- Using petrolatum based emollients can actually cause pigment to become dull and washed out over time. Avoid UV exposure without applying sunscreen, minimum SPF 30, with a broad spectrum UVA and UVB blocking product.
Who hasn’t had a pimple emergency at one point in their life, if you are lucky and haven’t had to deal with this…then that is just unfair, but maybe take some notes for your friends and family!
First treat the pimple, then camouflage it.
Treat the Pimple
- Ice it: Wrap an ice cube in a soft cloth and apply gently to the affected area for 20-30 seconds, rest for a minute and apply again. Cold reduces blood flow to the area and may reduce swelling and inflammation. Don’t press hard and don’t leave the ice on too long or you may irritate the skin.
- Apply an over-the-counter acne preparation that contains benzoyl peroxide or salicylic acid which kill the bacteria that cause pimples. These creams and lotions also help shed layers of dead cells, leaving skin fresher and rejuvenated. A 2.5% concentration of benzoyl peroxide is sufficient and is less irritating than stronger formulations. Overusing acne preparations will irritate the skin; follow directions precisely.
- Apply an over-the-counter hydrocortisone cream that contains 1% hydrocortisone. This medication provides pain relief, and can help to reduce swelling and redness in the area of the pimple. This should not be used every day, or for acne prevention, if used all over the face every day it can actually promote acne.
Camouflage the Pimple
- Eye drops that are formulated to reduce redness in the eyes can also be effective in reducing the redness and irritation of acne. (Tetrahydrozoline hydrochloride is the ingredient to look for.) Apply to the area with a cotton swab. Or combine with cold by soaking the cotton swab with eye drop solution, freezing for an hour or so, then applying to the pimple.
- Conceal the blemish with a heavy-duty cosmetic concealer. Consider blending two shades to avoid using one that’s either too light or too dark, which will accentuate the pimple. Blend carefully into the surrounding area.
What NOT To Do
- Don’t pick, pop, squeeze or scratch an inflamed pimple. It will take longer to heal, will be more likely to leave a scar and will be harder to camouflage. Try to keep your hands away from your face entirely.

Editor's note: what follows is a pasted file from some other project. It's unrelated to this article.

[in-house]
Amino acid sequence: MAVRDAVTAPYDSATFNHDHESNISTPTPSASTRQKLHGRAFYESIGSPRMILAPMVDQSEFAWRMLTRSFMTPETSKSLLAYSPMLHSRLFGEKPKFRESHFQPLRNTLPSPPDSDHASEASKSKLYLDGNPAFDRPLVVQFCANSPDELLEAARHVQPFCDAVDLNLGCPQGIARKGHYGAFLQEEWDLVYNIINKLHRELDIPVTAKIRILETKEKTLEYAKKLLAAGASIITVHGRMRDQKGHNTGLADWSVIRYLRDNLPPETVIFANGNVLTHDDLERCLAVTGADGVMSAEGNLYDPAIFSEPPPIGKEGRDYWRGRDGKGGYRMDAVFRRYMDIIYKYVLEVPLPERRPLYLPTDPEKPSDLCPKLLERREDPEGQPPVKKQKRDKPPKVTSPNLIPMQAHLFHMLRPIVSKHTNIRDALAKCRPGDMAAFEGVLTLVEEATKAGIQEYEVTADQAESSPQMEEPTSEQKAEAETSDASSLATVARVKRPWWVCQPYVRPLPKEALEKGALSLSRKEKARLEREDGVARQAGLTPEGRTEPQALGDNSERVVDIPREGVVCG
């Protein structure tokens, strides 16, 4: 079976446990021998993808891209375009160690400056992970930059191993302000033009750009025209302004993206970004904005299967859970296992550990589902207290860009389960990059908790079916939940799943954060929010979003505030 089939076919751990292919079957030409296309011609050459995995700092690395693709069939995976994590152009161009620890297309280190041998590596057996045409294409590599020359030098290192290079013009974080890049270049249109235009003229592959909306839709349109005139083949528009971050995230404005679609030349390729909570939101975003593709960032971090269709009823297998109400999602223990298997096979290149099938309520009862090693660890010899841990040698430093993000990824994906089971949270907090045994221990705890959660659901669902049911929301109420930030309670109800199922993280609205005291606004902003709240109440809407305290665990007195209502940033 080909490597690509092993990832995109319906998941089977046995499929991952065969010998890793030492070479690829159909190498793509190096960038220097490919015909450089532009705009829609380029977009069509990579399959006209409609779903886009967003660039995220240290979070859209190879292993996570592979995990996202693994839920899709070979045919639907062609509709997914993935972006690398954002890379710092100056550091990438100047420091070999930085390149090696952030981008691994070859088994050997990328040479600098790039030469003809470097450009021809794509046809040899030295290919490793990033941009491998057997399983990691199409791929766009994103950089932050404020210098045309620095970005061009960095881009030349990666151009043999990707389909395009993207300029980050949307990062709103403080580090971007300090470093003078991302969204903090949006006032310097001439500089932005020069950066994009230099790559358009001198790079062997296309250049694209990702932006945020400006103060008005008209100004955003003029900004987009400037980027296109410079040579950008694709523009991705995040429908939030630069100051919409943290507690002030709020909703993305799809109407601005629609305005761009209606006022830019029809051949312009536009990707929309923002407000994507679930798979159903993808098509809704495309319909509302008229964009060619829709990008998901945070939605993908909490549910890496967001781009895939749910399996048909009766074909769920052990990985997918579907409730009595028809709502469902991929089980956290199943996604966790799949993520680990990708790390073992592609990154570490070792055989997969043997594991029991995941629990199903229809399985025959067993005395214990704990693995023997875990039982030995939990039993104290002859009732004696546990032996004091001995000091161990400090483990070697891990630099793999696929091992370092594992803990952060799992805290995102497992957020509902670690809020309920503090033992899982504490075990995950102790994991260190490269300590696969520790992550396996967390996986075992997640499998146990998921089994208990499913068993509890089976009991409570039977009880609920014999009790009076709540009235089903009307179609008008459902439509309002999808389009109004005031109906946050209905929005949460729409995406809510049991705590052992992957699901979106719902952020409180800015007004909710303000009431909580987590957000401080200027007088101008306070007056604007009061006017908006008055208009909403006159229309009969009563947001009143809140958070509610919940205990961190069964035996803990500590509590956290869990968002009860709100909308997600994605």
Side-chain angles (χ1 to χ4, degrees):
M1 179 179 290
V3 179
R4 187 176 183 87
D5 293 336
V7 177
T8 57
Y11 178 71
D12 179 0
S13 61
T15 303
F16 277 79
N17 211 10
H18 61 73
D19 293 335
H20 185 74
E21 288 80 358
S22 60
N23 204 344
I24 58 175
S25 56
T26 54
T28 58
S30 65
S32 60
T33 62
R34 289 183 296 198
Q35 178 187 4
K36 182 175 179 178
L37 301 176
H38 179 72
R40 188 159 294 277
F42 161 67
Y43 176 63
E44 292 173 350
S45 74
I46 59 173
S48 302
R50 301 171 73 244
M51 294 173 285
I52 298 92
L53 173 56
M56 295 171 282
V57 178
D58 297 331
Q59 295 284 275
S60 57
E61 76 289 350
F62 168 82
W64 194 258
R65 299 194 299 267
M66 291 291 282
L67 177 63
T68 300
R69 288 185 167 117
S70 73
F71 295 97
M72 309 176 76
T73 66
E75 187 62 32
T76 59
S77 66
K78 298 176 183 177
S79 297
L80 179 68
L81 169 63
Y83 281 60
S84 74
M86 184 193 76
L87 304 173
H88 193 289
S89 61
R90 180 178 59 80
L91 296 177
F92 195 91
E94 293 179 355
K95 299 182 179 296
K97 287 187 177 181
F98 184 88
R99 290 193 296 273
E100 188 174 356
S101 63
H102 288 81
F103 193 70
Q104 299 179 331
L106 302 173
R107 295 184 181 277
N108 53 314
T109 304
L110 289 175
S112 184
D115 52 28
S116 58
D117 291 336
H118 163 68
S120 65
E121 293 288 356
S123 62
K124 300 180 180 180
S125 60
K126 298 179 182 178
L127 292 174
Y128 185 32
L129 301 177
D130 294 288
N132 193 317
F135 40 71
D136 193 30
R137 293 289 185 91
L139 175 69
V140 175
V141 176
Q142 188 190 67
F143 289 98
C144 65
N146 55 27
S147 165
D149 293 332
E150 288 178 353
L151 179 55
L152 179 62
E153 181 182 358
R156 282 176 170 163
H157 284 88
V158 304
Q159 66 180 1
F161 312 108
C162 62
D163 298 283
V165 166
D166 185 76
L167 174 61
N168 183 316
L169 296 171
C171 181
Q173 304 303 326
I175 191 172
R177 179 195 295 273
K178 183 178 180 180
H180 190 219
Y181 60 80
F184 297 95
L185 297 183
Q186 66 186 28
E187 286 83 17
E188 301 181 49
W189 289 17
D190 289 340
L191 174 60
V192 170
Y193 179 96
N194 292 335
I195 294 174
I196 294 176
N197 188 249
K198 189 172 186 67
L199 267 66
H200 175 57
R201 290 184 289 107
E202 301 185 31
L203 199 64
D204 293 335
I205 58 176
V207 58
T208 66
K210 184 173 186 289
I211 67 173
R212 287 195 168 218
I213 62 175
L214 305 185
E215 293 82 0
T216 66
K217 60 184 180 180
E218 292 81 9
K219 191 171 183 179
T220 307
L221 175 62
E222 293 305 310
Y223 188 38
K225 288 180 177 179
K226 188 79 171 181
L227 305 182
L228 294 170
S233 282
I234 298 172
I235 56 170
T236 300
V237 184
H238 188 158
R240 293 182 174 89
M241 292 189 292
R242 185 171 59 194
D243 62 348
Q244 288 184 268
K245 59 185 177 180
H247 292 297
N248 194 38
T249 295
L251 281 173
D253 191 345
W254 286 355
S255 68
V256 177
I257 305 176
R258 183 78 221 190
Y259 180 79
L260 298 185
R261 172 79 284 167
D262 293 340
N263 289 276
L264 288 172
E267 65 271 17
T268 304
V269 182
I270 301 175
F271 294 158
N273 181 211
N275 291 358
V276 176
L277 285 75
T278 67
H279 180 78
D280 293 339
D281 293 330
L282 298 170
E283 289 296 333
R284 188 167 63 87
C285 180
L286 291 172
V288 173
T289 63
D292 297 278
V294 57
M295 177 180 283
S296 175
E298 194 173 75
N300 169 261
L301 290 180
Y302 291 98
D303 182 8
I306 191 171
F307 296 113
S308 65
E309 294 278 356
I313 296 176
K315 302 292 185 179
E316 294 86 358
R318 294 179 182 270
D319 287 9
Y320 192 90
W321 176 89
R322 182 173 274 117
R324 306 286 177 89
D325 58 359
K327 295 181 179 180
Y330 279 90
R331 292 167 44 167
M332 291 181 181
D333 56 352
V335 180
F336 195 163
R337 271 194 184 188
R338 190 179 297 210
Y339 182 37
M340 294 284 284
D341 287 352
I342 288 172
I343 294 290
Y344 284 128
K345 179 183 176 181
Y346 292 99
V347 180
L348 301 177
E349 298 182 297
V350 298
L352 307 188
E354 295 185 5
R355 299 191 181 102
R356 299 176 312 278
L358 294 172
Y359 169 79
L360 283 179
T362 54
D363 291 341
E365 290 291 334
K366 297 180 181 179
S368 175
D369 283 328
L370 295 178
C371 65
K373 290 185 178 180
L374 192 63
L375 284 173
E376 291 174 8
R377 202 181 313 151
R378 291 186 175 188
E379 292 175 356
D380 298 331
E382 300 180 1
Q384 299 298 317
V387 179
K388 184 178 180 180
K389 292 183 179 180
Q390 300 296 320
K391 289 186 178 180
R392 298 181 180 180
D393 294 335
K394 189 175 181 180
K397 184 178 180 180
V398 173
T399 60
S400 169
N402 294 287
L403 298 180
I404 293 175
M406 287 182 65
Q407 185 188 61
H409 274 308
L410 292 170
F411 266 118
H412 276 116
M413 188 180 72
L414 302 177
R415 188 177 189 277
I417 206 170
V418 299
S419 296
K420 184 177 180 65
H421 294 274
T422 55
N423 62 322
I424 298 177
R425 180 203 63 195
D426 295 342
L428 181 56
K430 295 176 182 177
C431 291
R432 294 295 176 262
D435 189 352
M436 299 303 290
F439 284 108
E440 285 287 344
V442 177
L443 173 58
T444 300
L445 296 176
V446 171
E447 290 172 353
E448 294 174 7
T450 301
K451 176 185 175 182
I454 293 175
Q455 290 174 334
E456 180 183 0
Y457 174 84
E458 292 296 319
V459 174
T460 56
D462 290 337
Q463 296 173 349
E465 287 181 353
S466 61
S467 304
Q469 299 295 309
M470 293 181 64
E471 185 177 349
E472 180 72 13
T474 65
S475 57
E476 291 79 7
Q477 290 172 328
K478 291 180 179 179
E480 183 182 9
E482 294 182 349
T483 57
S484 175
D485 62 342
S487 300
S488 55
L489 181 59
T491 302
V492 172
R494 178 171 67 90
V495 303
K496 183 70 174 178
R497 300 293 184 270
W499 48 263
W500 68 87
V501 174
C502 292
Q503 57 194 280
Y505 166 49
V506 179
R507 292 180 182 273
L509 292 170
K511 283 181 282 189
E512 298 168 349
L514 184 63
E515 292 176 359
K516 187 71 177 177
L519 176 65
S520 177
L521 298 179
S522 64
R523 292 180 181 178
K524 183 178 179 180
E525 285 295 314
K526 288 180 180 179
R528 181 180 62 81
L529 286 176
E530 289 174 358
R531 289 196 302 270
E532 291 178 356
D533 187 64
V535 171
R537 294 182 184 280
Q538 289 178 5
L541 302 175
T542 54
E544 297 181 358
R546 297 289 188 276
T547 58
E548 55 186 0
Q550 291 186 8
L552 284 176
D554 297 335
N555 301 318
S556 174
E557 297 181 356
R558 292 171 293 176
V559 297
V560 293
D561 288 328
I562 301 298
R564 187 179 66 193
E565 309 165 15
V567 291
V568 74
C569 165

- Don’t use aspirin, toothpaste or other home remedies that aren’t formulated for the skin. They may actually trigger acne or cause irritation.
- Don’t expect a facial, chemical peel or other spa treatment to provide a quick fix. While they may ultimately have beneficial effects, in the short term they are likely to leave the skin red and irritated.
- Don’t overuse astringents, if used appropriately this can help the skin to contract and may shrink the pimple while also reducing the size of your pores. Pharmaceutical astringents that contain benzoyl peroxide or salicylic acid also fight pimple-causing bacteria. Natural astringents include: witch hazel (choose one without alcohol); lemon juice (dilute lemon juice with water and dab with a cotton swab over the area); and green tea (steep a tea bag in hot water, drain and apply directly).
- Don’t apply undiluted tea tree oil, an antibacterial essential oil with anti-inflammatory properties, if used directly this may be irritating to the skin. There hasn’t been much research on its effectiveness but it’s safe to use in diluted form. Dilute with coconut oil or argan oil and dab it on with a cotton swab.
General skin care advice won’t help in an emergency but good skin hygiene will help you avoid those emergencies, In a true pimple emergency call your dermatologist and see if you can be seen that same day, a dermatologist can inject the pimple with low potency cortisone which dramatically helps to resolve the break-out. For prevention, start by washing your face twice a day with a gentle facial cleanser; follow with moisturizer. Pat your face dry with a soft towel; don’t rub. Drink plenty of water. Exercise regularly and shower after exercising to remove excess perspiration from your skin. You can’t completely prevent your skin from acting up but you can reduce the likelihood of it happening at an inopportune moment and be prepared if it does.
Dr. Papantoniou was recently interviewed by Glamour magazine to read more see here: http://www.glamour.com/lipstick/blogs/girls-in-the-beauty-department/2015/06/best-time-to-put-on-anti-perspirant
Is there a right way to put on deodorant to make it the most effective? Some say put on at night but I hear that is a myth.
It is important to first find out what kind of deodorant you are using. There are 2 different types of deodorants: those that are used to only mask odors, and then there are deodorants that contain antiperspirants to stop sweating. Some people like to apply deodorants in the morning and will repeat application during the day, but this is mostly for the pleasant scent and masking of odors, and less so for the actual reduction of sweating. So, if you are trying to get control over both sweating and odor use a deodorant that contains antiperspirant.
The science behind why an antiperspirant works best if applied in the evening is that the area will be more likely to be dry and will penetrate in to the sweat ducts better in order to prevent perspiration in the area, and the ingredients will have stayed in place through the night giving better results for the next day. This is especially true if you shower in the morning, the underarms will be damp and the antiperspirant may not be as effective. In fact the prescription strength antiperspirants that Dermatologists prescribe are recommended to be applied at night for the same reasons. For patients that have difficulty getting control of their sweating I will recommend a prescription strength antiperspirant to be used at night, and then application of a regular deodorant in the morning. If there is still stubborn sweating I will recommend Botox injections every 3 to 6 months, or the Miradry which is a new treatment that has provided a permanent solution for uncontrolled sweating in the patients I have treated.